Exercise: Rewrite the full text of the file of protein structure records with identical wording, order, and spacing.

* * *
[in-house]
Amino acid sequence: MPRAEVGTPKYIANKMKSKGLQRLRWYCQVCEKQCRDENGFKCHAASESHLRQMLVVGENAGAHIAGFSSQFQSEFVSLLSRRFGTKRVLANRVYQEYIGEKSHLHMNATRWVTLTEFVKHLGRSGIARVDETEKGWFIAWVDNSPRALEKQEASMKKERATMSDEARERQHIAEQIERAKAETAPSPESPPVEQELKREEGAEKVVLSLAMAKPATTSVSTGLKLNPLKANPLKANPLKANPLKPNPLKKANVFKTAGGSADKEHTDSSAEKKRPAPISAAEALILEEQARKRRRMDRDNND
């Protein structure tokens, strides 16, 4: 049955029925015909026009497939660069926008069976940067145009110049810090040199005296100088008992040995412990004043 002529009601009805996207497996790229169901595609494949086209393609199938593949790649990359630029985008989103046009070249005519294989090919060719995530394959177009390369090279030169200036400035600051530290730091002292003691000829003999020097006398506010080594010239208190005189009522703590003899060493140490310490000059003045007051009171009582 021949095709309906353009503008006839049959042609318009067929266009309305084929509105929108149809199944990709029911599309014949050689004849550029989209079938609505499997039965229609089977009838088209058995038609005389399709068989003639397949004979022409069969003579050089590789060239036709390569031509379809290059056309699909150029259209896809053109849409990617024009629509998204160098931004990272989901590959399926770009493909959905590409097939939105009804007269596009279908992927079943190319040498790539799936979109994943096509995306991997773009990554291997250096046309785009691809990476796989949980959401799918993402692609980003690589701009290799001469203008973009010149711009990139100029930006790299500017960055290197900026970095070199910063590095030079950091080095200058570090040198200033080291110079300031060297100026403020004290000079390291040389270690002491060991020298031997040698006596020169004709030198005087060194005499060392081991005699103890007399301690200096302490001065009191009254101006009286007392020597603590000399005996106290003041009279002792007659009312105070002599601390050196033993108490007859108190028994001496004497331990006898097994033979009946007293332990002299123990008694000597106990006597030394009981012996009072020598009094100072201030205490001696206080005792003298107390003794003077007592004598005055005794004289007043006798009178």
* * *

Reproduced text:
[in-house]
Amino acid sequence: MPRAEVGTPKYIANKMKSKGLQRLRWYCQVCEKQCRDENGFKCHAASESHLRQMLVVGENAGAHIAGFSSQFQSEFVSLLSRRFGTKRVLANRVYQEYIGEKSHLHMNATRWVTLTEFVKHLGRSGIARVDETEKGWFIAWVDNSPRALEKQEASMKKERATMSDEARERQHIAEQIERAKAETAPSPESPPVEQELKREEGAEKVVLSLAMAKPATTSVSTGLKLNPLKANPLKANPLKANPLKPNPLKKANVFKTAGGSADKEHTDSSAEKKRPAPISAAEALILEEQARKRRRMDRDNND
């Protein structure tokens, strides 16, 4: 049955029925015909026009497939660069926008069976940067145009110049810090040199005296100088008992040995412990004043 002529009601009805996207497996790229169901595609494949086209393609199938593949790649990359630029985008989103046009070249005519294989090919060719995530394959177009390369090279030169200036400035600051530290730091002292003691000829003999020097006398506010080594010239208190005189009522703590003899060493140490310490000059003045007051009171009582 021949095709309906353009503008006839049959042609318009067929266009309305084929509105929108149809199944990709029911599309014949050689004849550029989209079938609505499997039965229609089977009838088209058995038609005389399709068989003639397949004979022409069969003579050089590789060239036709390569031509379809290059056309699909150029259209896809053109849409990617024009629509998204160098931004990272989901590959399926770009493909959905590409097939939105009804007269596009279908992927079943190319040498790539799936979109994943096509995306991997773009990554291997250096046309785009691809990476796989949980959401799918993402692609980003690589701009290799001469203008973009010149711009990139100029930006790299500017960055290197900026970095070199910063590095030079950091080095200058570090040198200033080291110079300031060297100026403020004290000079390291040389270690002491060991020298031997040698006596020169004709030198005087060194005499060392081991005699103890007399301690200096302490001065009191009254101006009286007392020597603590000399005996106290003041009279002792007659009312105070002599601390050196033993108490007859108190028994001496004497331990006898097994033979009946007293332990002299123990008694000597106990006597030394009981012996009072020598009094100072201030205490001696206080005792003298107390003794003077007592004598005055005794004289007043006798009178």